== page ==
Sep 222012

GigSpire was asked:

“What are the pros of accepting a counter offer from your own company when you’ve found another job and what are the cons?”

GigSpire’s Answer:

Counter offers happen regularly, particularly if you are a good worker. The sad part is studies demonstrate that in most cases (some show more than 80%) people who accept a counter offer leave and start a new job in 6 months or less.

Here is why:

Most people choose to leave a company for more than money, status or prestige. Some of the reasons why people quit a job is a disconnect with the company culture, travel/commute, leadership and/or direction of the organization or upward mobility. Counter offers may provide the worker with more money, a new title and even more responsibility. In almost every case however, the main reason a person has decided to seek a new job cannot be resolved by a counter offer.

Once a counter offer is accepted, the joy of receiving the bump in pay or that promotion that has been promised for so long can sooth the pain of the real issue…for a time. As the “honeymoon” phase of this new situation dissipates, the real issues surface once again causing the worker to venture out into the marketplace to seek new employment…this time to get away from the true problem with the job.

The number one reason an employer will make a counter offer:

The hiring manager is caught off guard and cannot afford to have a business channel slow down while a replacement worker is sourced, hiring, trained and brought up to speed.

Counter offers are bad news because the worker now has a target on his or her back. The company now knows the person is unhappy and will most likely find a new job in the next 6 months…except now the company has time to prepare for the worker’s exodus.

All too often a person will accept a counter offer, be told they have an avenue for promotional opportunities as soon as they hire the replacement and train them…next thing you know the worker has trained his or her replacement with no real next step defined. Effectively that worker can now be released without a detriment to the functions of the business. Additionally the company that extended the original offer and was spurned by the counter offer is no longer interested in the worker.

People should realize that leaving a company is common in today’s work world, everyone leaves. Thinking about the people who will let down, projects that will go unfinished, leaving a boss “hanging”, the fear of change…all of these items become reasons for people to decide to accept a counter offer.

When a person gets a good job offer they should treat it like pulling off a bandage. Give 2 weeks notice, thank the company for the opportunity and the counter offer, decline and start the new job. We recommend our students not set themselves up for disappointment when the things that were wrong and caused them to want leave in the first place are not resolved by a counter offer.

Sep 082012

Ask professional poker players what the hardest part of their job is most of them will emphatically reply, “knowing when to walk away.” There often moments in our lives where we know walking is a must but we’re torn and many times even haunted by the choices we’ve made because none of us have the gift of seeing the future. Leaving many people paralyzed with having tough make a tough choice. Take the job offer or continue to search until the right opportunity comes along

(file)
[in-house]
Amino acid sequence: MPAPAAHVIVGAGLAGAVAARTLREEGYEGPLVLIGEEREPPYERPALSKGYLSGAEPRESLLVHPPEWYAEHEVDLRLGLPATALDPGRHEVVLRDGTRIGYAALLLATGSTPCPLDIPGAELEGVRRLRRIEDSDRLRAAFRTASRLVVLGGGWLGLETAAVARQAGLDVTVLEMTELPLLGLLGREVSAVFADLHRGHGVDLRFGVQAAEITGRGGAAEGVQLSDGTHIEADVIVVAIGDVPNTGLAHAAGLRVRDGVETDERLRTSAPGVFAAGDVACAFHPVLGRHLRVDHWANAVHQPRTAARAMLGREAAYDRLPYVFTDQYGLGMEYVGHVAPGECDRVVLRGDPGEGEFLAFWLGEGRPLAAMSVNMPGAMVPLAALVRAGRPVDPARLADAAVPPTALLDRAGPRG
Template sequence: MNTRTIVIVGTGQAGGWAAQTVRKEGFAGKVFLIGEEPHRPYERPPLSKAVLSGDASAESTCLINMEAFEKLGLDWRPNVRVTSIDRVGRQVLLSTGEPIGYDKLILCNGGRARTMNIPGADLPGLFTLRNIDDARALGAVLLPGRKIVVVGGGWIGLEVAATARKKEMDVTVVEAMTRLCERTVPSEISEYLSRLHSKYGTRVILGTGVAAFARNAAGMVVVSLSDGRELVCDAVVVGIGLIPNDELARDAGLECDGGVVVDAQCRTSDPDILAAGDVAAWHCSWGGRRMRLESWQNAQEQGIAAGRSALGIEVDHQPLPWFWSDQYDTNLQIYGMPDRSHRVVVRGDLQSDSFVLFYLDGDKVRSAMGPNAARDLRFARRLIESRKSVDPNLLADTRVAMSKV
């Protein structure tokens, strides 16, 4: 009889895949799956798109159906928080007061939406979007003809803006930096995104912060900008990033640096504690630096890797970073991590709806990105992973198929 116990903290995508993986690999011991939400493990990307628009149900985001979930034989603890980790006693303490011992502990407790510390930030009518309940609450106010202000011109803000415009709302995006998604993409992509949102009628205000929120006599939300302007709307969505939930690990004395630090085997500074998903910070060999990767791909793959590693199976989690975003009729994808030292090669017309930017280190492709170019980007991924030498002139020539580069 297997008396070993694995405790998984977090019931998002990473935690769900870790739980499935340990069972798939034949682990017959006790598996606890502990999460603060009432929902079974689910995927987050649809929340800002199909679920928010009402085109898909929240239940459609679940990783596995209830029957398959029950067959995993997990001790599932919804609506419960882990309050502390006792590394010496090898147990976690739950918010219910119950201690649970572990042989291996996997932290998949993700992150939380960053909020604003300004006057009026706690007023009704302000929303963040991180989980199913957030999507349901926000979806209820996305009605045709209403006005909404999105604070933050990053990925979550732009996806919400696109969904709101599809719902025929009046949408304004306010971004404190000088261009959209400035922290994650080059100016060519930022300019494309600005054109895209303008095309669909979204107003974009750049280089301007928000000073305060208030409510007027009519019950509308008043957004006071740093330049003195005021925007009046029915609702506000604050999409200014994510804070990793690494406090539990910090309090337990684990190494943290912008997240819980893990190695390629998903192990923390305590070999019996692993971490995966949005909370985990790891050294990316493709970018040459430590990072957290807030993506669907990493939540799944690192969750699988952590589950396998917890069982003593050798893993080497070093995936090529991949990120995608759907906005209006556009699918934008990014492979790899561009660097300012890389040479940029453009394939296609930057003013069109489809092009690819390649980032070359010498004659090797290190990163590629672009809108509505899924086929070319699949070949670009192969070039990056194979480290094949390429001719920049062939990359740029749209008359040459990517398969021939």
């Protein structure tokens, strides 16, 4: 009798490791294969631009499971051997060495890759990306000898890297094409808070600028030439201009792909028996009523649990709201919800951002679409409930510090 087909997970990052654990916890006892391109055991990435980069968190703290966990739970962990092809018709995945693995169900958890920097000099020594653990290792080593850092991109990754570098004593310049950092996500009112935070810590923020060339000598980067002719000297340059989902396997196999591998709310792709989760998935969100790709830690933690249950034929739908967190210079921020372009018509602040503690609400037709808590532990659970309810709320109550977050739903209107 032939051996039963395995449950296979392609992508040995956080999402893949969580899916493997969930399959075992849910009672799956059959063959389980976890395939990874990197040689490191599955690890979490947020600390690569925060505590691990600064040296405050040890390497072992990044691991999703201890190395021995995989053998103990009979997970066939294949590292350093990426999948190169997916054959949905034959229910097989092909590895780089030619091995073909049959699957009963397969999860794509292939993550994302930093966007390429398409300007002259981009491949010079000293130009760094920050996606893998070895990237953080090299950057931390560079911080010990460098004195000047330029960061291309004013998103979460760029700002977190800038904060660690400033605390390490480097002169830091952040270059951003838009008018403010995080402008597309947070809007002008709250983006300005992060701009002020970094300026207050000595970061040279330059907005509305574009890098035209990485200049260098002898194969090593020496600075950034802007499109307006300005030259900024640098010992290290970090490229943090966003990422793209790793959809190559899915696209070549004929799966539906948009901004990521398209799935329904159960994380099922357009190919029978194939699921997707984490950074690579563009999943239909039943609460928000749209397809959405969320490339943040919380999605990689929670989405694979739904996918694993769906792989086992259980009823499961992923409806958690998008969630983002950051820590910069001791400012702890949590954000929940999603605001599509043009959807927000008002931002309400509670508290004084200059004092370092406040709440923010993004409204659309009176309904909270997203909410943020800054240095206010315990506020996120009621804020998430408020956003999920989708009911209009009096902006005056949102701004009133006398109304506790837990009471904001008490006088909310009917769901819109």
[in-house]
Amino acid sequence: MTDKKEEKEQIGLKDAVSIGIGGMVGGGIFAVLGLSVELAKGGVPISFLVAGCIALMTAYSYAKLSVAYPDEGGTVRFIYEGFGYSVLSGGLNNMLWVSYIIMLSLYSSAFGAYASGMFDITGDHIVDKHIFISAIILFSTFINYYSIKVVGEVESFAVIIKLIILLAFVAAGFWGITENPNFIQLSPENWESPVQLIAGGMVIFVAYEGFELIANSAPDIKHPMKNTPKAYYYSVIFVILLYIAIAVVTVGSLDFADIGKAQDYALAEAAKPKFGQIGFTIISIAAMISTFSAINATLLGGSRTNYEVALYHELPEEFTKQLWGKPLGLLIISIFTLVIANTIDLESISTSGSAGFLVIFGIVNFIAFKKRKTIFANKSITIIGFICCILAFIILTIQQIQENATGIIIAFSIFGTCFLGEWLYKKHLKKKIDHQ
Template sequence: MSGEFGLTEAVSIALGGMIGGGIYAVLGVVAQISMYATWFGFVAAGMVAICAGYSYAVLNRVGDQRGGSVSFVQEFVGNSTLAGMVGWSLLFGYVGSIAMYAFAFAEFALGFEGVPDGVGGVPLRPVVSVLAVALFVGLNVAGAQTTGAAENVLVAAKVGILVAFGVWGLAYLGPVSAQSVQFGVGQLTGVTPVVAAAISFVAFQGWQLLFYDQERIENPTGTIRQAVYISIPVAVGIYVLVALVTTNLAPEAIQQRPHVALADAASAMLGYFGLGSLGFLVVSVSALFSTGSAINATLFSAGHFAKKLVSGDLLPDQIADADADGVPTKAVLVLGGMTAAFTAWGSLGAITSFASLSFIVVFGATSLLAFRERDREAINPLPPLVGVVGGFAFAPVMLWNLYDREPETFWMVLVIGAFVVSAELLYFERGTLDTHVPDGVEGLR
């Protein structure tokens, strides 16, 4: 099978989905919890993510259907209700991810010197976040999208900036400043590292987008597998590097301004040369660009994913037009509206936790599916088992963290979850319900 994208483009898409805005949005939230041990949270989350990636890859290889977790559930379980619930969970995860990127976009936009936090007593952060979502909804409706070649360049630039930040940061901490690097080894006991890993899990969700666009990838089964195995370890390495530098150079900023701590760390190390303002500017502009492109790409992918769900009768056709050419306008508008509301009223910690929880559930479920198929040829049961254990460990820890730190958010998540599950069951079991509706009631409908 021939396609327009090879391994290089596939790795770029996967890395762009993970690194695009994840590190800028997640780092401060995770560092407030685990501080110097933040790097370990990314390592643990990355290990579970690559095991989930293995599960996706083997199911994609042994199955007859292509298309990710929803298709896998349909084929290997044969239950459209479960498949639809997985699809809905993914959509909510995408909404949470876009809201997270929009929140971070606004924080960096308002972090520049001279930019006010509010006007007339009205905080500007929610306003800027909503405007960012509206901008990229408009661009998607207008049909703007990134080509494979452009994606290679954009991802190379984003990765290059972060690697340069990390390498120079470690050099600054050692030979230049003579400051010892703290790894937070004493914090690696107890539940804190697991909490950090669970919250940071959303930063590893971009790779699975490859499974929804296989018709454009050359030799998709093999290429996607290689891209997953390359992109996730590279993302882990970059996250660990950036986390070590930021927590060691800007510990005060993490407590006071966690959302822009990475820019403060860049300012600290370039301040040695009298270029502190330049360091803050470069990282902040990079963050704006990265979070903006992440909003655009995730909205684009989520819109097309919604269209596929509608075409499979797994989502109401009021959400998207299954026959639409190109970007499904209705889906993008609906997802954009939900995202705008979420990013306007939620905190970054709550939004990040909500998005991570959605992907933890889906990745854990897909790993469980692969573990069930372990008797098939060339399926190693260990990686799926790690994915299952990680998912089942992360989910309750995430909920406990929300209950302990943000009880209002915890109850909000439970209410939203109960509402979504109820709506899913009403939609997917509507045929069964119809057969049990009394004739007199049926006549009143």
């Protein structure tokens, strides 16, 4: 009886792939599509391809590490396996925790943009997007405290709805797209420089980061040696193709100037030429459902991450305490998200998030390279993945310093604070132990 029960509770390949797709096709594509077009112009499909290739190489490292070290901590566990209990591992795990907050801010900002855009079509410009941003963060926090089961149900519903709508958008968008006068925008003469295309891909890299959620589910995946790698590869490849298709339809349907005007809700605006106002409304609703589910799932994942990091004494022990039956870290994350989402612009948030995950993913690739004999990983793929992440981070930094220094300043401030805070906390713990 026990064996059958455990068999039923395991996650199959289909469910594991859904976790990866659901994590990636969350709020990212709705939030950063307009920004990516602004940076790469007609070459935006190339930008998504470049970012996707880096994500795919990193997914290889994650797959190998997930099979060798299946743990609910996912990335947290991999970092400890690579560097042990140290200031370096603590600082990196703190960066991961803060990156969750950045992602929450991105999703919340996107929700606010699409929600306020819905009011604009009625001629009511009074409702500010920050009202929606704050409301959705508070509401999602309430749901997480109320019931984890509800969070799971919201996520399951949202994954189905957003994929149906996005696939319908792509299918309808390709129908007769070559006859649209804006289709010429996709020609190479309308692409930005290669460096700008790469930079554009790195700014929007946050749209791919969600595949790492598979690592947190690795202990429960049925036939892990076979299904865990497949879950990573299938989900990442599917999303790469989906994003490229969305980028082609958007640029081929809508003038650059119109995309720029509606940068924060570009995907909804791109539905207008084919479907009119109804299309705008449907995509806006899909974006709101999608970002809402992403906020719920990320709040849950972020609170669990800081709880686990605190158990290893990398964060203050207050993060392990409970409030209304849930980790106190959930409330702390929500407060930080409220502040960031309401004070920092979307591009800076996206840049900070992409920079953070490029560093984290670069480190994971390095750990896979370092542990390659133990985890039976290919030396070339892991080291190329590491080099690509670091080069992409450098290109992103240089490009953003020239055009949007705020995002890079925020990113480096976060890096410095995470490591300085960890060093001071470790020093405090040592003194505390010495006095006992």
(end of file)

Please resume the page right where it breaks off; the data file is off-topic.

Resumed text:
In this economy we might feel like we don’t have a choice. If our backs are against the wall and we’re giving up more by continuing to be unemployed does it make sense to pass on a job offer? What considerations should you be making? How do you take into account the different aspects of the job to objectively see how it will fit into your life?

First things first, you need to evaluate what the job brings to the table. Make a list of pros and cons. This will get all the ideas, insecurities, and potential threats out of the way.

Ask yourself these questions:
○             Is the job engaging enough?
Are you the type of person that needs lots of ongoing projects or maybe you’re the type that needs to be organized and plugged into a desk at all times. How important is it that the work not be too hard or too easy? Is it important that your brain is tasked and challenged each day?

○             Is the commute reasonable?
Are you going to be driving more than the national average to get to work (25.1 minutes) and will this work with your out of work schedule  (kids, school, sports, second job, etc).

○             Are you going to be able to grow with this job and be promoted inside the company?
Do you care about quick promotions and leadership within a company or is that not a concern to you?

○             Will the compensation allow you to live comfortably?
What can you afford to be paid? Does it make sense to take a pay cut for enjoyment of the work or vice versa?

○             Is the work stable?
Will the threat of being jobless loom over your head the entire time you’re there?

Next, ask yourself a few remaining things:

  • Can I fit in with the culture?
  • Are there other job offers on the way?
  • Am I going to take issue with the ethics of this organization?
  • Are the terms of the offer reasonable?
  • Are you nervous about taking the job because you’re afraid of something new or risk?

The answers you give to the questions about should be taken into account and thought over for a couple of days.  The information received and feelings of excitement/fear at a job offer need a little time to even out before you should make a decision one way or another.

The reason we teach people how to properly search for jobs and find a satisfying career is so that they don’t wind up in a job that isn’t a good fit and then go back to searching for a job all over again a year later.